Share this story
Beyond LETRS, the science of reading law addresses how teacher candidates are prepared, expectations for early literacy instructors, and how intervention plans should look.
“It’s a process, so we knew this wasn’t going to change overnight,” State Superintendent @CTruittNCDPI said. “We’re going to keep supporting districts throughout implementation of the law and I expect that we’ll see a lot of progress by the time this is fully implemented.”
Language Essentials for Teachers of Reading and Spelling (LETRS) training is the most recognized aspect of North Carolina’s year-old science of reading law. It’s the squeaky wheel on the axle of the Excellent Public Schools Act (EPSA) — and the early response from teachers is mixed.
With all the talk about whether it’s worth it and whether it ought to happen now, it’s easy to forget that LETRS is just one component of a comprehensive legislation aimed at eliminating poor reading practices once rampant in the state.
Beyond LETRS, though, the law addresses how teacher candidates in North Carolina’s institutions of higher education are taught, the expectations for early literacy instructors, and how intervention plans for students should look.
Like LETRS now, the EPSA drew mixed reaction from education stakeholders when Senate President Pro Tem Phil Berger, R-Rockingham, spearheaded it through the legislature and Gov. Roy Cooper ultimately signed it one year ago. With the General Assembly expected to revisit funding for the law during this short session, it’s worth a look at what’s happened the last year and what’s set to occur.
Has literacy instruction improved yet?
State Superintendent of Public Instruction Catherine Truitt said she’s seeing marked improvement in her travels across the state, but admits there are still some visits where she sees persistent use of balanced literacy curriculum and poor instructional practices.
“It’s a process, so we knew this wasn’t going to change overnight,” she said. “We’re going to keep supporting districts throughout implementation of the law and I expect that we’ll see a lot of progress by the time this is fully implemented.”
Most recent student data available is from middle-of-year assessments this school year. They show an aggregate 10-point bump from troubling beginning-of-year scores, which state leaders attributed to time out of school during the height of the pandemic. It’s too soon to link improvements to the legislation, state Department of Public Instruction (DPI) leaders say, because much of the law is yet to take hold in districts.
Even then, full implementation is only required at traditional public schools as legislators declined to include charter schools under the law’s mandates. That means charter school teachers aren’t required to do LETRS training, nor are charters required to submit literacy implementation plans or literacy intervention plans.
As for implementation timeline, the last cohort to complete LETRS training won’t do so until 2024. Prior to that, institutions of higher education will have implemented their literacy frameworks for preparing future teachers and DPI will review literacy implementation and intervention plans for every district.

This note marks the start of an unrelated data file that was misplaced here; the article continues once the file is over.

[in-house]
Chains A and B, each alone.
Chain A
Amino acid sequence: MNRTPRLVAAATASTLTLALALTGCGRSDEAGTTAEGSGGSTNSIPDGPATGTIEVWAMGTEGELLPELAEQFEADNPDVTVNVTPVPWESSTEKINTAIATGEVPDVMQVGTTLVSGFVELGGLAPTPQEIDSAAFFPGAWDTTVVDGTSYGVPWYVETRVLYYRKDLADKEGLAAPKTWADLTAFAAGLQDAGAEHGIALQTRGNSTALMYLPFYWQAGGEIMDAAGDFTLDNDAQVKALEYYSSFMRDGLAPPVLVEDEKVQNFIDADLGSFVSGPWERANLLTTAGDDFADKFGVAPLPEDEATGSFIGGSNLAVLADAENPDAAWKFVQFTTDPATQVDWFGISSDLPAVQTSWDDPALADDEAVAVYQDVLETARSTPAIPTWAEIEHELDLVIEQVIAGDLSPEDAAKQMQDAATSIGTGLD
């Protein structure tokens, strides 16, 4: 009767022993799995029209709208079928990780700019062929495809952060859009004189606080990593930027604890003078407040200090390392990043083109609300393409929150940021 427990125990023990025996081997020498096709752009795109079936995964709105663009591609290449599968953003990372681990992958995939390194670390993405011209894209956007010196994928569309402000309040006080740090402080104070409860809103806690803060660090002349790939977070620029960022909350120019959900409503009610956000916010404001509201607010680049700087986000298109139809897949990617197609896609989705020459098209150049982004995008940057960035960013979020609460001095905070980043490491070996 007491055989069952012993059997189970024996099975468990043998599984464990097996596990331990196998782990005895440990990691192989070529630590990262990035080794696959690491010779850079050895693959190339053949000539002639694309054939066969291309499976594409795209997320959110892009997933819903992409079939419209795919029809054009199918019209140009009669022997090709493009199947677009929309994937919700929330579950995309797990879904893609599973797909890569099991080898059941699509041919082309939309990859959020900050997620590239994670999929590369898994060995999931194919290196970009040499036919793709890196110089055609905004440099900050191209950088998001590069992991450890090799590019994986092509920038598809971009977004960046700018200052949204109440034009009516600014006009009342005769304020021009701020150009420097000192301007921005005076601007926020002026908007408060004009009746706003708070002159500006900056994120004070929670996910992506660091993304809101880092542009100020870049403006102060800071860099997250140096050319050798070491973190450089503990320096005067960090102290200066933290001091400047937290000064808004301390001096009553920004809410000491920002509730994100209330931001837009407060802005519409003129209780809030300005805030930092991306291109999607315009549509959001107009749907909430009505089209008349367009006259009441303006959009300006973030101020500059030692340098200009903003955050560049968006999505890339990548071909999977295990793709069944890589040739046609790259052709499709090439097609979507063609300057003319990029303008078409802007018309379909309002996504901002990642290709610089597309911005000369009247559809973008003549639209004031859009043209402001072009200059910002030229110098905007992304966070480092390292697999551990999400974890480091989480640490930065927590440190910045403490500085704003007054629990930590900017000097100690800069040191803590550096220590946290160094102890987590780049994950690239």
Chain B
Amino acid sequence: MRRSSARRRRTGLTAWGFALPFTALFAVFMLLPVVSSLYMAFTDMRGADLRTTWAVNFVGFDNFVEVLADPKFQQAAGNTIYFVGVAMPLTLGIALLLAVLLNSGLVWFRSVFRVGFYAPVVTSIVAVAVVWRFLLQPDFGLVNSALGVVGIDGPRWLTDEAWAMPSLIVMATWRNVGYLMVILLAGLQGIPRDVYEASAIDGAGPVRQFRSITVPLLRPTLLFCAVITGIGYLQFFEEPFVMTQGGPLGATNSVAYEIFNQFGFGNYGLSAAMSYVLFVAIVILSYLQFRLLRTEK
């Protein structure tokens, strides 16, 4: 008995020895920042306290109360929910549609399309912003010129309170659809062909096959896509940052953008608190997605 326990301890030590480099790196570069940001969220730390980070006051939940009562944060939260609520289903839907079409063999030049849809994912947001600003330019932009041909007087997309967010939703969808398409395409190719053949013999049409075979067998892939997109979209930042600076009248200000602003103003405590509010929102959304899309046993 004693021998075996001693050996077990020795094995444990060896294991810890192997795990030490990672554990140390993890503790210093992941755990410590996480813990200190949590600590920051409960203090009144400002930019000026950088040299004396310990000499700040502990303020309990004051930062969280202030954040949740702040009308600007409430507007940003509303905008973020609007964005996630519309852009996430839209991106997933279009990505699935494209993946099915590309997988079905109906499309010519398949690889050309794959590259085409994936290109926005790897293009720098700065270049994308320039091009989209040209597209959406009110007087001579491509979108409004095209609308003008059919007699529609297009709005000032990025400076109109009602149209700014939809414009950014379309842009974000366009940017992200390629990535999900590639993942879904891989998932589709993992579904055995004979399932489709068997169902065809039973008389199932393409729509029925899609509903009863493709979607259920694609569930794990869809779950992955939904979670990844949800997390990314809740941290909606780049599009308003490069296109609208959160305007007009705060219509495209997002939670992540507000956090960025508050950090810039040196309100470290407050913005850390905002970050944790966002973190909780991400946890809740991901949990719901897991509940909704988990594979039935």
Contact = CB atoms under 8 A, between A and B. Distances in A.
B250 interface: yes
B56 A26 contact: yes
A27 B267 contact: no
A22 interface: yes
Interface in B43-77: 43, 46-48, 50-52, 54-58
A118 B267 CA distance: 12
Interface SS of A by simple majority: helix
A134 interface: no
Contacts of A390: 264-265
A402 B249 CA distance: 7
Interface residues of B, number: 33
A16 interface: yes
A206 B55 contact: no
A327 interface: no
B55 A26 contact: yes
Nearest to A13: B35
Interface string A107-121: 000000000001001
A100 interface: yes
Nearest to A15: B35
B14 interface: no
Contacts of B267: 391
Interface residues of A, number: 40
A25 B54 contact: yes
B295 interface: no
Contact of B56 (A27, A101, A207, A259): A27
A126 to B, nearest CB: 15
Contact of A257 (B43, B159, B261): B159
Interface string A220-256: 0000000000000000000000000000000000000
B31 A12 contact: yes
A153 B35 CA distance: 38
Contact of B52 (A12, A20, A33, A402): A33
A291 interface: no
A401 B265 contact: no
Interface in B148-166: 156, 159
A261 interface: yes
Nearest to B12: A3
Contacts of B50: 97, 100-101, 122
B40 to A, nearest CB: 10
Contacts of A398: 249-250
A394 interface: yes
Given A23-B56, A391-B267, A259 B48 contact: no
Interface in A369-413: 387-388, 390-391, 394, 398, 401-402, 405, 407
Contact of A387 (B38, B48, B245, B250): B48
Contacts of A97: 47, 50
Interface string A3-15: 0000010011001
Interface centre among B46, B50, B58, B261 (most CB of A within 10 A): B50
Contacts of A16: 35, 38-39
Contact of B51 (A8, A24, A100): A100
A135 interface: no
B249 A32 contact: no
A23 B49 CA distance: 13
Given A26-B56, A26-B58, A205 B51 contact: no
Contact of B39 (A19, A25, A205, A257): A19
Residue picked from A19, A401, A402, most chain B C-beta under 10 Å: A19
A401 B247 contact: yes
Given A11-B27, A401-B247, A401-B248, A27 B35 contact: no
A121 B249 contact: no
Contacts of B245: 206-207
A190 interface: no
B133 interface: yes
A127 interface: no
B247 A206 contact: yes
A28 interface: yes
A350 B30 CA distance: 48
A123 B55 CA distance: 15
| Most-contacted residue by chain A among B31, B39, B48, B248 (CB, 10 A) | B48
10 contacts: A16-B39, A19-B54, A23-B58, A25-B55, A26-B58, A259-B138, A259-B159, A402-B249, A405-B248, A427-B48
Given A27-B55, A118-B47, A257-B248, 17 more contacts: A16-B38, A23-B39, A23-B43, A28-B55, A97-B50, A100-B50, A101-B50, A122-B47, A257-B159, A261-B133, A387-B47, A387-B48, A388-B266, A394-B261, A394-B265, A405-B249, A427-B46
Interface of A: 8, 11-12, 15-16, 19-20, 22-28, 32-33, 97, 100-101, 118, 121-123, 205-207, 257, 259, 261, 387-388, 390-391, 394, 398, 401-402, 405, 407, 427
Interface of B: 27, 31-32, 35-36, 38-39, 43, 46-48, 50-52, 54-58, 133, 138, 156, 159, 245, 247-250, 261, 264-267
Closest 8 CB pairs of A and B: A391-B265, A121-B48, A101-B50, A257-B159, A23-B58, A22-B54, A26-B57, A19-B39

Does everybody in traditional public schools know the science of reading?
The law doesn’t provide a quick fix. Instead, North Carolina’s focus is on making sure educators are starting with the same foundational knowledge, able to instruct students regardless of the curriculum in their schools, and building a shared vocabulary for reading instruction across every district.
With the exception of LETRS, which is named in a budget bill that the reading law references, the EPSA avoids relying on specific vendors to achieve its goals. Instead, Berger (the bill’s sponsor) said the law is a roadmap for building teacher knowledge and providing state-level guidance.
In order to help districts, and especially teachers, align practices with the science of reading, DPI has created literacy instruction standards for pre-K through 12th grade, a model implementation plan to incorporate those standards, a “non-model” that shows districts what DPI discourages, and guidance on literacy interventions.
Meanwhile, educator preparation programs in both the University of North Carolina System and North Carolina Independent Colleges and Universities (NCICU) have literacy frameworks to help ground instruction of teacher candidates in the science of reading.
Has the state selected a curriculum that aligns with the science of reading?
DPI has not indicated any intention to select or endorse curriculum — that choice will remain up to district leaders. When the State Board of Education (SBE) convened its literacy task force in 2020, the group tackled the issue of curriculum and instructional materials. In its June 2020 report, it recommended the state define criteria for selecting instructional material and allocate funding only for evidence-based resources.
That’s what the literacy instruction standards and literacy intervention standards process is aimed at doing.
In October 2021, SBE approved a set of literacy instruction standards. These are different from the state standard course of study — which communicate expectations of what students must learn. Literacy instruction standards communicate expectations of what teachers must teach.